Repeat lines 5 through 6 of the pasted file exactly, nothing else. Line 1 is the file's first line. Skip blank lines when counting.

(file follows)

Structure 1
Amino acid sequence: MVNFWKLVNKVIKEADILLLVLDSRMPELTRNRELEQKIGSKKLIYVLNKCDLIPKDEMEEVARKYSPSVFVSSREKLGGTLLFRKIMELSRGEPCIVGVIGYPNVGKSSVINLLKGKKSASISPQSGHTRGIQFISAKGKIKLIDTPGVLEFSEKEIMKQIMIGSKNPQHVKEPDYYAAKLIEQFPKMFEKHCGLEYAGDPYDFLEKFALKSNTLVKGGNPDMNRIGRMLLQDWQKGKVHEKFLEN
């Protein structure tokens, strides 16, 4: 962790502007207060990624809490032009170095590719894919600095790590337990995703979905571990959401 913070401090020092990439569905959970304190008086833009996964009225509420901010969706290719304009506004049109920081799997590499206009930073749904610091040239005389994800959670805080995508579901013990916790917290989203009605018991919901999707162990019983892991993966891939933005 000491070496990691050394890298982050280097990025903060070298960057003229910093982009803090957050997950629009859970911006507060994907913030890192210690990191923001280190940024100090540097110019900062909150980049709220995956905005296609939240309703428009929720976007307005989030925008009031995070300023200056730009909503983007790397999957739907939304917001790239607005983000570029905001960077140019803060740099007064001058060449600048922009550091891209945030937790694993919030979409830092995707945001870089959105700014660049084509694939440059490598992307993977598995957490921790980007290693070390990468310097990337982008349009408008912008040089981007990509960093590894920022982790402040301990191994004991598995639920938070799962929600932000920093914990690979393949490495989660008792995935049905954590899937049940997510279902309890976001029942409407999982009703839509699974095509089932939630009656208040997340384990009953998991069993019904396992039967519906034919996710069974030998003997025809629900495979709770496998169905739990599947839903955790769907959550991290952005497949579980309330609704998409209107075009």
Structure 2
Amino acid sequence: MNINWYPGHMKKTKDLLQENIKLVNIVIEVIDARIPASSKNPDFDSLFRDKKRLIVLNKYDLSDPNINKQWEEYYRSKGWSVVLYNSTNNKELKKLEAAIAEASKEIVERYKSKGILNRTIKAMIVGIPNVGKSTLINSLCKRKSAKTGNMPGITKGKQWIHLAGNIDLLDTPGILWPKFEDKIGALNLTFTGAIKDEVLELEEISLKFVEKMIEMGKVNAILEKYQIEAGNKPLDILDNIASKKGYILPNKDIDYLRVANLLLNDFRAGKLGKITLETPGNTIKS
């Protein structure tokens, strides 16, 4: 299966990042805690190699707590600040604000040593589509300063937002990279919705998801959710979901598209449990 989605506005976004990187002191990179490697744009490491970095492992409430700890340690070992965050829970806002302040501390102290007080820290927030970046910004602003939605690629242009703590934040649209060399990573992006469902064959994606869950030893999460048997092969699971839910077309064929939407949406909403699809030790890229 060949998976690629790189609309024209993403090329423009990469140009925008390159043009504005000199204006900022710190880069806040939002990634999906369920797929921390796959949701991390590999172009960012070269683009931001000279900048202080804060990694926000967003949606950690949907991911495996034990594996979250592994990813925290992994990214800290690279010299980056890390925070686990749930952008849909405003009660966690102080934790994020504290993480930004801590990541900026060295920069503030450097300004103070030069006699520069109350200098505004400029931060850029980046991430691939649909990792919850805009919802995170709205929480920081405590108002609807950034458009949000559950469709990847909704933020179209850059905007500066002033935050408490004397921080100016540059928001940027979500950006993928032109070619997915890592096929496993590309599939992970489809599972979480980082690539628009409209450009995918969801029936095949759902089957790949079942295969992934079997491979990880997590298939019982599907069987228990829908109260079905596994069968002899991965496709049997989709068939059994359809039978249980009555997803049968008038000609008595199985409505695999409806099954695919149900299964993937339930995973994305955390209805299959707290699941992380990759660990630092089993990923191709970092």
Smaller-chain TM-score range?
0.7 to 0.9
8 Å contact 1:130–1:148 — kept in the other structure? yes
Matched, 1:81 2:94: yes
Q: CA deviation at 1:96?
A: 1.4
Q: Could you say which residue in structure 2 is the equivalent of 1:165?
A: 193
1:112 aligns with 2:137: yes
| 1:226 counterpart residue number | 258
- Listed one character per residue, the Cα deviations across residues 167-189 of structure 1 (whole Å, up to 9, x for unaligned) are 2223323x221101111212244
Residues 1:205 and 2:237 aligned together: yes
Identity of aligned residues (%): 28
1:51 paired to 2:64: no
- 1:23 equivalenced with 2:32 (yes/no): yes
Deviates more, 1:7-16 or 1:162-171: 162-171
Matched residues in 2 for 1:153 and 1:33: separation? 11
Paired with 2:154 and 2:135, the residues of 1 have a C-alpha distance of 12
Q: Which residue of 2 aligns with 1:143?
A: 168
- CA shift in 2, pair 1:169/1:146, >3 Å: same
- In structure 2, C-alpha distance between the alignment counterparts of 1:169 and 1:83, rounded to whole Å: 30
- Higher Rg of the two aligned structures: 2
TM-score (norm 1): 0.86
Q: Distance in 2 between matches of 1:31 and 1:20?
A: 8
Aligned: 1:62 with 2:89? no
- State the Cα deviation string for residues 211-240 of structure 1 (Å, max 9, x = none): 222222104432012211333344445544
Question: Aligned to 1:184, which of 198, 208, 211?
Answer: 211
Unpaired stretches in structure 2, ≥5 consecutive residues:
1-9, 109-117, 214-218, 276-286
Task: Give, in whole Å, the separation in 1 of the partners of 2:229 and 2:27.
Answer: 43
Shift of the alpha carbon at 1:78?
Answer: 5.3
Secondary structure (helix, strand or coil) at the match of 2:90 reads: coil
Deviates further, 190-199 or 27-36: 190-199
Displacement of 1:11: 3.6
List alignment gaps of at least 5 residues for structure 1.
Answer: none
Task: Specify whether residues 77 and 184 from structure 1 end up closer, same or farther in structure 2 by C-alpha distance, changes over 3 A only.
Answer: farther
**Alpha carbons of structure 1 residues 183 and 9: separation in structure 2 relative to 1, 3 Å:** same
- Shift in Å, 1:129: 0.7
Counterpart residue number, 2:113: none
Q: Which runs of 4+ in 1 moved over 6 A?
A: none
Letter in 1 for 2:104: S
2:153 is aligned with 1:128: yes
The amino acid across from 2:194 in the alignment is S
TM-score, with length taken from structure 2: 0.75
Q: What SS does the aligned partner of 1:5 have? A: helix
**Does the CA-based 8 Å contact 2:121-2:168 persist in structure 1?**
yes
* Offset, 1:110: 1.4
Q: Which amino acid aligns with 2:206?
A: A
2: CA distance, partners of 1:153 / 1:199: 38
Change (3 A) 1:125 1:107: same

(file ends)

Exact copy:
Amino acid sequence: MNINWYPGHMKKTKDLLQENIKLVNIVIEVIDARIPASSKNPDFDSLFRDKKRLIVLNKYDLSDPNINKQWEEYYRSKGWSVVLYNSTNNKELKKLEAAIAEASKEIVERYKSKGILNRTIKAMIVGIPNVGKSTLINSLCKRKSAKTGNMPGITKGKQWIHLAGNIDLLDTPGILWPKFEDKIGALNLTFTGAIKDEVLELEEISLKFVEKMIEMGKVNAILEKYQIEAGNKPLDILDNIASKKGYILPNKDIDYLRVANLLLNDFRAGKLGKITLETPGNTIKS
């Protein structure tokens, strides 16, 4: 299966990042805690190699707590600040604000040593589509300063937002990279919705998801959710979901598209449990 989605506005976004990187002191990179490697744009490491970095492992409430700890340690070992965050829970806002302040501390102290007080820290927030970046910004602003939605690629242009703590934040649209060399990573992006469902064959994606869950030893999460048997092969699971839910077309064929939407949406909403699809030790890229 060949998976690629790189609309024209993403090329423009990469140009925008390159043009504005000199204006900022710190880069806040939002990634999906369920797929921390796959949701991390590999172009960012070269683009931001000279900048202080804060990694926000967003949606950690949907991911495996034990594996979250592994990813925290992994990214800290690279010299980056890390925070686990749930952008849909405003009660966690102080934790994020504290993480930004801590990541900026060295920069503030450097300004103070030069006699520069109350200098505004400029931060850029980046991430691939649909990792919850805009919802995170709205929480920081405590108002609807950034458009949000559950469709990847909704933020179209850059905007500066002033935050408490004397921080100016540059928001940027979500950006993928032109070619997915890592096929496993590309599939992970489809599972979480980082690539628009409209450009995918969801029936095949759902089957790949079942295969992934079997491979990880997590298939019982599907069987228990829908109260079905596994069968002899991965496709049997989709068939059994359809039978249980009555997803049968008038000609008595199985409505695999409806099954695919149900299964993937339930995973994305955390209805299959707290699941992380990759660990630092089993990923191709970092």